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Kevin Harrison and Tony Boyd

society. One must not blame religion or religious fundamentalism for the ills of the world. Radical secularism and the political pseudo-religions of fascism and communism have created as much misery and death as has religion during the twentieth century. In fact, it has often been religion that has inspired people to enormous sacrifices in resisting such tyrannies: Protestants in Nazi Germany, Catholics in

in Understanding political ideas and movements
Jonathan Colman

domestic dissent and a mounting death toll in Vietnam, announced that he would not seek another term in of-fice, 74 and the Republican contender, Richard Nixon, won the presidential election on 5 November that year. On 13 January 1969, Johnson asked Dean to tell Wilson that ‘one of his great comforts had been that he could always count on the UK during any crisis’. He was ‘personally grateful for the warm and effective relations he had always had with

in A ‘special relationship’?
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The management of migration between care and control
Pierluigi Musarò

Tens of thousands of migrants and refugees stranded in camps in Greece and in Calais, shipwrecks and deaths in the Mediterranean, fences and walls across the Balkans, hotspots along the European Union (EU) southern borders, increasing controls within the Schengen space, military-humanitarian naval operations, the EU–Turkey migrant deal, NGOs and activists denouncing the

in Global humanitarianism and media culture
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Virtuousness, virtuality and virtuosity in NATO’s representation of the Kosovo campaign
Andreas Behnke

. Jean Baudrillard’s diagnosis of the Gulf War also applies to this latest expression of organised violence in contemporary politics. 2 This is not to deny that death and destruction defined the reality in Kosovo and Serbia in the first half of 1999. After all, NATO planes delivered large amounts of ordnance upon targets in this area, destroying both military and civilian infrastructure; killing civilians as well as soldiers. And

in Mapping European security after Kosovo
Maja Zehfuss

brutal crimes. 47 According to one commentator, NATO was forced to act in order not to become complicit in the death of thousands. 48 Thus two salient features of reality were identified: firstly, the human rights’ violations and the resulting human suffering in Kosovo; and, secondly, the necessity of NATO military action as an immediate consequence of this suffering. This

in Mapping European security after Kosovo
M. Anne Brown

THERE ARE A number of avenues through which the ‘place’ of Indigenous people in Australia can be approached. One fundamental arena of struggle has been over land rights. The approach to rights taken here, however, starts from an account of suffering and sets out to trace the political roots of that suffering. One of the clearest forms of suffering to mark Aboriginal lives in Australia is entrenched and widespread ill-health. Thus, across the Indigenous community, the story is one of premature death, often from diseases associated with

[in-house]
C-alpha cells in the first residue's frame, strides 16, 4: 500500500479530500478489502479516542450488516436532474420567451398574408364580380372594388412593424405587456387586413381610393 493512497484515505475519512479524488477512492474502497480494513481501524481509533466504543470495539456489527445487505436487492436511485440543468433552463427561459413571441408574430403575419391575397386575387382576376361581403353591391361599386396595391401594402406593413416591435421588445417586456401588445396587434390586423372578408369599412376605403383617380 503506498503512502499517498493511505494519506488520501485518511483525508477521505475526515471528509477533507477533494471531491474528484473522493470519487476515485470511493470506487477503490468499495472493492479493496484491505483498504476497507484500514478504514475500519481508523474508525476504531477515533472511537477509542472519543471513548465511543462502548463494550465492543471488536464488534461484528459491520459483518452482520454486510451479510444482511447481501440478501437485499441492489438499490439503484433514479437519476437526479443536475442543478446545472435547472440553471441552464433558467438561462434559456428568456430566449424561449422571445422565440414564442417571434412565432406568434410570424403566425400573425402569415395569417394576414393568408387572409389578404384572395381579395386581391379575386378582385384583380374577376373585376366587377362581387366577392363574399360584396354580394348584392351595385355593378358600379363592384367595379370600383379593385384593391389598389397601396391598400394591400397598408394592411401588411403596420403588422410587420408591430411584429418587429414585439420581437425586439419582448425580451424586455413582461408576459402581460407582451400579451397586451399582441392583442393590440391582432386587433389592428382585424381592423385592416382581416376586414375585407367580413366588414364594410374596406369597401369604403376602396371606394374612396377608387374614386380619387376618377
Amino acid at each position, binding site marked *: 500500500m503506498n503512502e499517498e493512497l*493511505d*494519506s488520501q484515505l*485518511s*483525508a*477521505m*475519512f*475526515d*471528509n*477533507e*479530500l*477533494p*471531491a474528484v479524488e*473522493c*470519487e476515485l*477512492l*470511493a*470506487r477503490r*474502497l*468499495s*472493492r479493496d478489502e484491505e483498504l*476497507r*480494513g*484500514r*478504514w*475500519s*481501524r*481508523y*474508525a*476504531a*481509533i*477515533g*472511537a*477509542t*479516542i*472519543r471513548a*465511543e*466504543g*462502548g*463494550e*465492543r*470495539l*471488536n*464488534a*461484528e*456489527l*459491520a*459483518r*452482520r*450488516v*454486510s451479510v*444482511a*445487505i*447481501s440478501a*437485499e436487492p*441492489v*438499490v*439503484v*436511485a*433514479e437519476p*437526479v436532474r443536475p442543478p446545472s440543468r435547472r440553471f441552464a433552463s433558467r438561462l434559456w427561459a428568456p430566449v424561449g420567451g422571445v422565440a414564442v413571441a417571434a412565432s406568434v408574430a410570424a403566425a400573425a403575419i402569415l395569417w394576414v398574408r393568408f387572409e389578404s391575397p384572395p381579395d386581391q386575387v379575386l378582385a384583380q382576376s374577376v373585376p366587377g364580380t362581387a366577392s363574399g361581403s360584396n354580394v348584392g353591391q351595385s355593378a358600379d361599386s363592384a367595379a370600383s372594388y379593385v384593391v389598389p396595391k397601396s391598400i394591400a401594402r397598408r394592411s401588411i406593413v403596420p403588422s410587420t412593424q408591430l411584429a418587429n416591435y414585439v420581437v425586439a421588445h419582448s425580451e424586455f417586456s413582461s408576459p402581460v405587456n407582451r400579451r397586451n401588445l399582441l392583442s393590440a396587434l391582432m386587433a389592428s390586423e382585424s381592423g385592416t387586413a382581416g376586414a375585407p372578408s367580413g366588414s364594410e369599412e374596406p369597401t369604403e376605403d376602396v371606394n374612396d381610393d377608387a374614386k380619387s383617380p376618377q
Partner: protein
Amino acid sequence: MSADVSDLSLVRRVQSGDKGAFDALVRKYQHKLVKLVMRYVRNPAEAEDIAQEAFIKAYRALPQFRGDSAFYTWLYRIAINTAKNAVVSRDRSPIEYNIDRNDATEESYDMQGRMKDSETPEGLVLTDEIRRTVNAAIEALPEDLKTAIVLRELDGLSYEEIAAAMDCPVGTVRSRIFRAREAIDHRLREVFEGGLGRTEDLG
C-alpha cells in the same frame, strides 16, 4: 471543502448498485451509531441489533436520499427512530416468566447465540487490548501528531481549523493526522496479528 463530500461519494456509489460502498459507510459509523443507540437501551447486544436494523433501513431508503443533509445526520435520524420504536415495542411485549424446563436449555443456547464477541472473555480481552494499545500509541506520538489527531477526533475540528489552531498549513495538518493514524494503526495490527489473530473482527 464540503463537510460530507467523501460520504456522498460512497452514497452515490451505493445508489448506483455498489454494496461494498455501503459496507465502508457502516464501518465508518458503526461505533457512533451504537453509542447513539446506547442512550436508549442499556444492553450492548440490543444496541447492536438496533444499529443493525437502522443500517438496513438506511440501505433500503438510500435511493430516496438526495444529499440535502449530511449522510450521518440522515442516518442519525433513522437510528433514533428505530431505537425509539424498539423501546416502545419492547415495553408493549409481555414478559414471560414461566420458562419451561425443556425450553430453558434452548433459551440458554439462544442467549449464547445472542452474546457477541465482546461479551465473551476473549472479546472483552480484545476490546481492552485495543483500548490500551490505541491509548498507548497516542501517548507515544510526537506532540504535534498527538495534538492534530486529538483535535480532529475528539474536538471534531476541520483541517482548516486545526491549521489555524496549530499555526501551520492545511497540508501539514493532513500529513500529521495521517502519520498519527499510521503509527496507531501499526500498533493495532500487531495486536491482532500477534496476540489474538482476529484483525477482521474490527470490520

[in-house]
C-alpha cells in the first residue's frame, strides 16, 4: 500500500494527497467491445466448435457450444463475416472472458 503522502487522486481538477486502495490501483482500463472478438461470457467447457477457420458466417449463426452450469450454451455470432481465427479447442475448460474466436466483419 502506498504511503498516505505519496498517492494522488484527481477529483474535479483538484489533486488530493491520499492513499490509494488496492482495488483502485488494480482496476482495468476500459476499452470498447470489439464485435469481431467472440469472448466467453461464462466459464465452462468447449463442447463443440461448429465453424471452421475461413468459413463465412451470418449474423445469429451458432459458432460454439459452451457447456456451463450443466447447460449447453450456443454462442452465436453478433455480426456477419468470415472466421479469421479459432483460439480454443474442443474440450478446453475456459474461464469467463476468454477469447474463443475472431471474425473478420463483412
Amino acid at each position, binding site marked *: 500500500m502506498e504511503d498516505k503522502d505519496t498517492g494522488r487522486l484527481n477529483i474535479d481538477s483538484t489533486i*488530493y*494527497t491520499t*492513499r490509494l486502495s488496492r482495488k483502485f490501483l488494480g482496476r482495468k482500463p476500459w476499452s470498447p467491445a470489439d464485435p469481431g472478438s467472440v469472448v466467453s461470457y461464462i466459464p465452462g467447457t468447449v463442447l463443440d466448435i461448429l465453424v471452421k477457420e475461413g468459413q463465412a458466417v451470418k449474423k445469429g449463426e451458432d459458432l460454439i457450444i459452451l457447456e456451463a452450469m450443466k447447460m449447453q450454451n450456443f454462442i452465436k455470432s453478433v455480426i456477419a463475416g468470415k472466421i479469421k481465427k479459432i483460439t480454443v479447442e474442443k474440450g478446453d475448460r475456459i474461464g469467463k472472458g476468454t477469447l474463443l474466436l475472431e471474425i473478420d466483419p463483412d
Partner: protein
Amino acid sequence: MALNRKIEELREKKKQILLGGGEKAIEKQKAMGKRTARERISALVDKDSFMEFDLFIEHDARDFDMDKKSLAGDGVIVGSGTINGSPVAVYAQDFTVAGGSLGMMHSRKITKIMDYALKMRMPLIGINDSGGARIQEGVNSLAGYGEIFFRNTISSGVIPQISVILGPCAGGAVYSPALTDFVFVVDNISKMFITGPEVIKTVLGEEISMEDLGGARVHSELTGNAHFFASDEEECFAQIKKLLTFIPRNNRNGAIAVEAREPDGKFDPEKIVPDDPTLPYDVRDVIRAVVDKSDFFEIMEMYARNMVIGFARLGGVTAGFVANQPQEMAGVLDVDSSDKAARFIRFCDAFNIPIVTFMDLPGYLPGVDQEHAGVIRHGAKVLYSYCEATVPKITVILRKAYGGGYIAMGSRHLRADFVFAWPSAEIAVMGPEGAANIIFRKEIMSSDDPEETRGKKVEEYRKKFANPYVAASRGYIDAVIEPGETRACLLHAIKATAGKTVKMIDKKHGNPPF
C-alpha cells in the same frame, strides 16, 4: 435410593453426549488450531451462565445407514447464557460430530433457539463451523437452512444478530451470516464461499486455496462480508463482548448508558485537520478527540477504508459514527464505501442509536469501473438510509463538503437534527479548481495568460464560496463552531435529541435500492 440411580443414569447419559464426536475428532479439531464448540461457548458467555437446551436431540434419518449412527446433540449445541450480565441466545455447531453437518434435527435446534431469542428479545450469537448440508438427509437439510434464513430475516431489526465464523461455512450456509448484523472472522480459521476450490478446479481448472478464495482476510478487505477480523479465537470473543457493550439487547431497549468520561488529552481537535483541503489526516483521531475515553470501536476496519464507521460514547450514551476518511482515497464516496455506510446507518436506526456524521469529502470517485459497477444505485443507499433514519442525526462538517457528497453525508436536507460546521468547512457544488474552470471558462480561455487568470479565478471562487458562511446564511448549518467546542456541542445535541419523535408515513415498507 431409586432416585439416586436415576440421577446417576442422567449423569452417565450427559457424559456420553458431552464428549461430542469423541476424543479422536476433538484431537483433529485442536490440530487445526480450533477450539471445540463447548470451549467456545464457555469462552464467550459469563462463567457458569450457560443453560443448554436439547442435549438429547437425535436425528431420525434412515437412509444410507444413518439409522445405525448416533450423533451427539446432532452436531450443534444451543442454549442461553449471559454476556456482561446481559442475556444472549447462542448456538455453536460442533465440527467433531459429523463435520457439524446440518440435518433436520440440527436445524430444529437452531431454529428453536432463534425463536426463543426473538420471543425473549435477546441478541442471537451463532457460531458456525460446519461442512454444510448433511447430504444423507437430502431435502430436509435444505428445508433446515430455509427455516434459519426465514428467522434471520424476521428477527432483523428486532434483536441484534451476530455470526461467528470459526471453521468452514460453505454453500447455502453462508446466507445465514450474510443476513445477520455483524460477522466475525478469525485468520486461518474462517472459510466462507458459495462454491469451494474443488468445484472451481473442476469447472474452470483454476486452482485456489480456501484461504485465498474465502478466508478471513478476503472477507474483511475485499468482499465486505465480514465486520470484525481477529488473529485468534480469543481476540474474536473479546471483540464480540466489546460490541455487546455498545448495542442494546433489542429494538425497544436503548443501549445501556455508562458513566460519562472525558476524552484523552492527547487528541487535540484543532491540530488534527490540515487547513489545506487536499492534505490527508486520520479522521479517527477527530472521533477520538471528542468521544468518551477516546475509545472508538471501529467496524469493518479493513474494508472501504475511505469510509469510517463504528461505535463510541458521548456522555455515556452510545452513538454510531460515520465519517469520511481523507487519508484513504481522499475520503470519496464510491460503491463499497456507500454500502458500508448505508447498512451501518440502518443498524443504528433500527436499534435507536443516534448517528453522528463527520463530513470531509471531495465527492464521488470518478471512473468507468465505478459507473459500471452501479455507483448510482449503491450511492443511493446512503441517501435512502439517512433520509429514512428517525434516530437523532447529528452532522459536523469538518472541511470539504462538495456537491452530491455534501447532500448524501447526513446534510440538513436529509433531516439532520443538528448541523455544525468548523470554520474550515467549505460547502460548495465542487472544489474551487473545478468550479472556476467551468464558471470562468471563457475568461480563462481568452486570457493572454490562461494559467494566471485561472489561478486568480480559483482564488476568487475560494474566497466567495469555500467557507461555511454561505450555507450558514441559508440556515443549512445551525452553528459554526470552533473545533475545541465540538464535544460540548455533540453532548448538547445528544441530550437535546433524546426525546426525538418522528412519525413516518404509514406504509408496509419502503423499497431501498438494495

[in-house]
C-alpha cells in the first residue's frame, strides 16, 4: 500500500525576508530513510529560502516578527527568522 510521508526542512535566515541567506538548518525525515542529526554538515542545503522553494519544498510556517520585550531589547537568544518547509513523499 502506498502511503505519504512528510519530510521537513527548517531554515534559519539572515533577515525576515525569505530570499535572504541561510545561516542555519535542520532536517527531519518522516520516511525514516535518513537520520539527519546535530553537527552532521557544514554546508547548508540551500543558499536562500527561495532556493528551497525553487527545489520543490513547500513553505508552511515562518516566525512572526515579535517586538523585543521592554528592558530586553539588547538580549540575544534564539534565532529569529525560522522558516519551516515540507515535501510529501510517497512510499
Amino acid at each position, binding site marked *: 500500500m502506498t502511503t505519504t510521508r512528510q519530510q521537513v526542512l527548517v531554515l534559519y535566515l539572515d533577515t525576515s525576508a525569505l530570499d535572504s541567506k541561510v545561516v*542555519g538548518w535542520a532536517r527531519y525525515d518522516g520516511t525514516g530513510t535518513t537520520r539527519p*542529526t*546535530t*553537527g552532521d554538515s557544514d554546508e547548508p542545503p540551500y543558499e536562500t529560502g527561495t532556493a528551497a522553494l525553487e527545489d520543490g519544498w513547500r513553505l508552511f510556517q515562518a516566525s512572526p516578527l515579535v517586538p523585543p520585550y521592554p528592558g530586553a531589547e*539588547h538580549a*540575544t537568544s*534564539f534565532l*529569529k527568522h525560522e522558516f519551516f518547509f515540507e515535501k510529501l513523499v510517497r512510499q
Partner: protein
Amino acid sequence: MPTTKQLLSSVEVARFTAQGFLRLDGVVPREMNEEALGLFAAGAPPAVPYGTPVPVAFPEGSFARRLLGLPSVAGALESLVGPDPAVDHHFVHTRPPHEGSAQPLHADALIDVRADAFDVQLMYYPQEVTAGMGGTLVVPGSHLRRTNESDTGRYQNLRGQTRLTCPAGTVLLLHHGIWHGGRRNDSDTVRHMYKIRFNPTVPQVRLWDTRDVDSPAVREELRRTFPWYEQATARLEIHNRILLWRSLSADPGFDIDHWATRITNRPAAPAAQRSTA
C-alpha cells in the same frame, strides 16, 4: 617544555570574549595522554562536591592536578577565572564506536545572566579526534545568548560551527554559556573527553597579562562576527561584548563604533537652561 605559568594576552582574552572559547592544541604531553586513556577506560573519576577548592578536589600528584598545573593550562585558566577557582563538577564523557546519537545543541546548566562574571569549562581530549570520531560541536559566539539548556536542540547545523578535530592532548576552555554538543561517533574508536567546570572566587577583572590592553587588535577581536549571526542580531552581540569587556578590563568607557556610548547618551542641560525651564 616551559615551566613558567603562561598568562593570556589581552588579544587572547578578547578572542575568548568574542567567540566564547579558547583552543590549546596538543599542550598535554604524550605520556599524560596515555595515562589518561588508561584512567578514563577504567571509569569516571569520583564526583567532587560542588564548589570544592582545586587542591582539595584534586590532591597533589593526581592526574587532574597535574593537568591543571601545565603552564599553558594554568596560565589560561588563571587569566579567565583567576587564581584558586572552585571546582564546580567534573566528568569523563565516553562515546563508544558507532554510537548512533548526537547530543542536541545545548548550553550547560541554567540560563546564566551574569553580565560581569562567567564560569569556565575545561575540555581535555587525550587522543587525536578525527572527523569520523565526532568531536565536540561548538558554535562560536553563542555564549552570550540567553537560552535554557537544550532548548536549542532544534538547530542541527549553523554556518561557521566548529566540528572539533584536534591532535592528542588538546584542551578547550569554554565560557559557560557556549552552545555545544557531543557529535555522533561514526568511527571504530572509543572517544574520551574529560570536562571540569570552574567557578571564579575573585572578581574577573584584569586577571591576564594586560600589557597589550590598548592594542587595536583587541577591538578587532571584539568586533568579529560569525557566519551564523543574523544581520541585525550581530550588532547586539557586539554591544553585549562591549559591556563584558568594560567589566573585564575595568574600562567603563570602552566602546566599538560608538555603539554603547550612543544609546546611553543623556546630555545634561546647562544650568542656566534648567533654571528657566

in Human rights and the borders of suffering
Robbie Shilliam

the bondsman is a dependent consciousness ‘whose essential nature is simply to live or to be for another’ (Hegel 1977 : 115). Hegel does not explain the provenance of this sudden inequality that is injected into the dialectical unfolding of Geist . Nonetheless, Hegel proceeds to script a life and death struggle between lord and bondsman to be recognized as an independent self

in Recognition and Global Politics
Cinema, news media and perception management of the Gaza conflicts
Shohini Chaudhuri

Gaza. 7 However, for the eight-day ‘Operation Pillar of Defence’ and fifty-day ‘Operation Protective Edge’ – the most devastating of these conflicts, resulting in the deaths of over 2,000 Palestinians, seventy-two Israelis (sixty-six of them soldiers) and 1 Thai – the ban was lifted, enabling images of Palestinian deaths and injuries to gain centre stage. As one user commented in 2014 on the

in Global humanitarianism and media culture
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Language games in the Kosovo war
Mika Aaltola

conventionally called, ‘the West’. When war breaks out, this interpretative freedom may turn into a violence that may both breed new life and bring death. 2 From this perspective, we should start to ask how to conduct war under such foreign/international conditions? In this essay, I try to examine such interpretative freedom, the ‘magical’ and ‘fluid

in Mapping European security after Kosovo
Open Access (free)
Mads Qvortrup

) assumption that Rousseau has something to say to us even today, more than two hundred years after his death. This is a book about Rousseau, which outlines his philosophy, precisely because he – the most untimely of all the great minds – somehow diagnosed the state of our society before it was formed or fully established. This might sound mystifying, yet it is not an altogether radical position. Indeed, most of the tradition of Western philosophy has been based on the assumption that philosophy (as opposed to science) reveals timeless truths. For this reason it is necessary

in The political philosophy of Jean-Jacques Rousseau